for any pagan theology or polytheism. So if one is tending to the supernatural, it makes no sense to prefer a less rational theology or explanation of the supernatural. For you can be sure I will want an explanation.

The most rational view of the world, is a naturalistic world view. This requires no supernatural invisible entities.
The next most rational view of the world, after naturalism, is probably Buddhism or Taoism - non theistic, yet religious belief systems
The next most rational view of the world, is some form of Monotheism

I have also decided that nature is not 'part of God' nor is nature God. If there is a God, then nature is created by divine will and power and ultimately out of the divine substance or pleroma. I am not sure I believe in creation from nothing at all.

Monday, 11 October 2010

a kind of polyunified panentheism

For me, divinity is at the core of our reality, and it is also 'the whole', the unity of all nature and everything. I call this my 'is-ness' of being.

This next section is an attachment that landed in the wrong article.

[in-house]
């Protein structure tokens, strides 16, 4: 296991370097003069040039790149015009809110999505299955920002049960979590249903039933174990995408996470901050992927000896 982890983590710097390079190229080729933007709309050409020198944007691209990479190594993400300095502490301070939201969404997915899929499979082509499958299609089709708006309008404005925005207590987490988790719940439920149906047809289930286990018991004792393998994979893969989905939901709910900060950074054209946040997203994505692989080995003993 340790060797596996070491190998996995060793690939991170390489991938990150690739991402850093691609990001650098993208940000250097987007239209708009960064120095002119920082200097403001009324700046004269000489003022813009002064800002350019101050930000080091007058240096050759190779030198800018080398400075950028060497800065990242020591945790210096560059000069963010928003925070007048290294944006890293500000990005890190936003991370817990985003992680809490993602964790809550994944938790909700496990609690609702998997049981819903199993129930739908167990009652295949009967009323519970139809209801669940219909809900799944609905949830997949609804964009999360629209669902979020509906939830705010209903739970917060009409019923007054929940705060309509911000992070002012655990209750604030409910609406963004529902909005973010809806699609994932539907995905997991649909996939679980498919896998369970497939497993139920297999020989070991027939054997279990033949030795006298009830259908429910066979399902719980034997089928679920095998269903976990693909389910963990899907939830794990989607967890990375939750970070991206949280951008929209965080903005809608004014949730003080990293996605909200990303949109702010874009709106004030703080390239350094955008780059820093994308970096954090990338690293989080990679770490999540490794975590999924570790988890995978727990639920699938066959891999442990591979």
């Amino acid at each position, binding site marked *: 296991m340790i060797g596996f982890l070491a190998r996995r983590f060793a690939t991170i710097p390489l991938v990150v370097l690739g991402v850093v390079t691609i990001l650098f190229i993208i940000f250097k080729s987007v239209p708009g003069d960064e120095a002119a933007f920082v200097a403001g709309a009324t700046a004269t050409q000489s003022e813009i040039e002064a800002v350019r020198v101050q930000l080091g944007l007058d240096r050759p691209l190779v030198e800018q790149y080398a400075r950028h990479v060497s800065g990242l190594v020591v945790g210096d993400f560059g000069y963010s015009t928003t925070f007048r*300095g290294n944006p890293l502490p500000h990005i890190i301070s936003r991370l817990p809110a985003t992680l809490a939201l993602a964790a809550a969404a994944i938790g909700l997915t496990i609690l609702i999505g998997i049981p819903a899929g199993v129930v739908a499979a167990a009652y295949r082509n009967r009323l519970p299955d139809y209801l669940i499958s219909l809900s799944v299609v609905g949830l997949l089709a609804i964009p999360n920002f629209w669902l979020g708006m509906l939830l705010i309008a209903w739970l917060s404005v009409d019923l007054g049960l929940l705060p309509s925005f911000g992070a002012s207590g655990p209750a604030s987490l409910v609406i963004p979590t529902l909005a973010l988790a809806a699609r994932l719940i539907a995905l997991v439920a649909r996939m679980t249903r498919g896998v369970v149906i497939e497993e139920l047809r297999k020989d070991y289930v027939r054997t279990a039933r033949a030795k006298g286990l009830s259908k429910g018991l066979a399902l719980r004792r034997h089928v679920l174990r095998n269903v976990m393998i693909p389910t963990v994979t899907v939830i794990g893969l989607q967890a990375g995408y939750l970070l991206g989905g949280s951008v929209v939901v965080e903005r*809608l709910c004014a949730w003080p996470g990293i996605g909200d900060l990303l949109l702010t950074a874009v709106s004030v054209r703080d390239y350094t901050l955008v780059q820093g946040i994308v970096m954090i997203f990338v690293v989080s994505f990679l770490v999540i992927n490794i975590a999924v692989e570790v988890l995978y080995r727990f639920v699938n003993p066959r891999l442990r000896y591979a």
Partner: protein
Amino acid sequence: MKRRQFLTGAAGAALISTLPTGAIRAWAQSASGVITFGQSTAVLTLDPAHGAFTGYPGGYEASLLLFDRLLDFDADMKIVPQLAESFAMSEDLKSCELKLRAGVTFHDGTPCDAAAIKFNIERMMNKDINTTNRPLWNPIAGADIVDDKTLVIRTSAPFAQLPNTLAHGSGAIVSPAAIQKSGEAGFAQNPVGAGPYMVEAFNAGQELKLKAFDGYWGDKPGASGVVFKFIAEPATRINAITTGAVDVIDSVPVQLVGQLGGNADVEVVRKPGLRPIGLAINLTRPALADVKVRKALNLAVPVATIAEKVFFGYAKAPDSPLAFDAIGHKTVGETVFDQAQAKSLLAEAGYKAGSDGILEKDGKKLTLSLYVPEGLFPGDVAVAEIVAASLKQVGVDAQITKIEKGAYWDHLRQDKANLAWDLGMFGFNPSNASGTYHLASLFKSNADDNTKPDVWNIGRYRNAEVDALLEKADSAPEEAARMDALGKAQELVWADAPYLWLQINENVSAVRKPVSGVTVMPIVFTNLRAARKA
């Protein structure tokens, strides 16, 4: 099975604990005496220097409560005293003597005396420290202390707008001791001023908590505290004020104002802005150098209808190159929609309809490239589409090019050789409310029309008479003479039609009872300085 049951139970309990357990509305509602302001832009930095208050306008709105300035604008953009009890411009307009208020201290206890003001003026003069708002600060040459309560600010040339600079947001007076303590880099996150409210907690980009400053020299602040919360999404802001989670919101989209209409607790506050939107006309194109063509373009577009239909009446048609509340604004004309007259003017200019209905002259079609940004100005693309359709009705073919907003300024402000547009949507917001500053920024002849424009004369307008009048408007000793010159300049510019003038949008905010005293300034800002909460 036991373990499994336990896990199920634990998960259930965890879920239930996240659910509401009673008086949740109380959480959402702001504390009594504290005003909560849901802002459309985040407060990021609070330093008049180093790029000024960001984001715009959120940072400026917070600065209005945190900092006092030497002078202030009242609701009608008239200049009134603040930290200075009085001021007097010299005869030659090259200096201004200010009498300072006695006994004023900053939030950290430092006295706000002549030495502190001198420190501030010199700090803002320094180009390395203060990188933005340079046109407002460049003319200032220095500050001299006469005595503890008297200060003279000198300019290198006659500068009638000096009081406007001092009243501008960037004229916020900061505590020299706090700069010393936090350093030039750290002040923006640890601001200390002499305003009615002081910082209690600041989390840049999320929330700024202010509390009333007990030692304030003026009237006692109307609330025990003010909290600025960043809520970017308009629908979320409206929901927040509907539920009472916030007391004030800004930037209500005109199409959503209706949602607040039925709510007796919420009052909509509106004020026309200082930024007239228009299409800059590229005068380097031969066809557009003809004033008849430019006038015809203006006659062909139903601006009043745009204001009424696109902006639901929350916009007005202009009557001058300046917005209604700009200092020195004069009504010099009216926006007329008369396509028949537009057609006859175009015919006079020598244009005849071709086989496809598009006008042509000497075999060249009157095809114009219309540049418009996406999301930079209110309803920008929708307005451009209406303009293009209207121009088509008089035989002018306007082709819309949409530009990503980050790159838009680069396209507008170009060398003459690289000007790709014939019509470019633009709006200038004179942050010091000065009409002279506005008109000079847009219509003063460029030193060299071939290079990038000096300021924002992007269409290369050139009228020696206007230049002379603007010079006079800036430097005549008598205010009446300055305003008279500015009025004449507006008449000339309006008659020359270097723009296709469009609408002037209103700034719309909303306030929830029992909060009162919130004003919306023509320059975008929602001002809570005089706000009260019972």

I agree (in part) with the Buddhists that the world we know is in constant flux and change, and individual existences are the temporary waves that appear on the surface of the ocean, but beneath the surface of the waves is an infinite depth. The divine is not 'something', it is isn't a 'self' . From the human perspective, it is emptiness yet not pure nothing ness.It defies categorisation. I feel it is yet not impersonal (because after all the universe contains persons, and so cannot be less than personal) but somehow involves a transpersonal cosmic consciousness. [And I say 'transpersonal', but have no real idea what I mean, just it 'feels' very true to me!]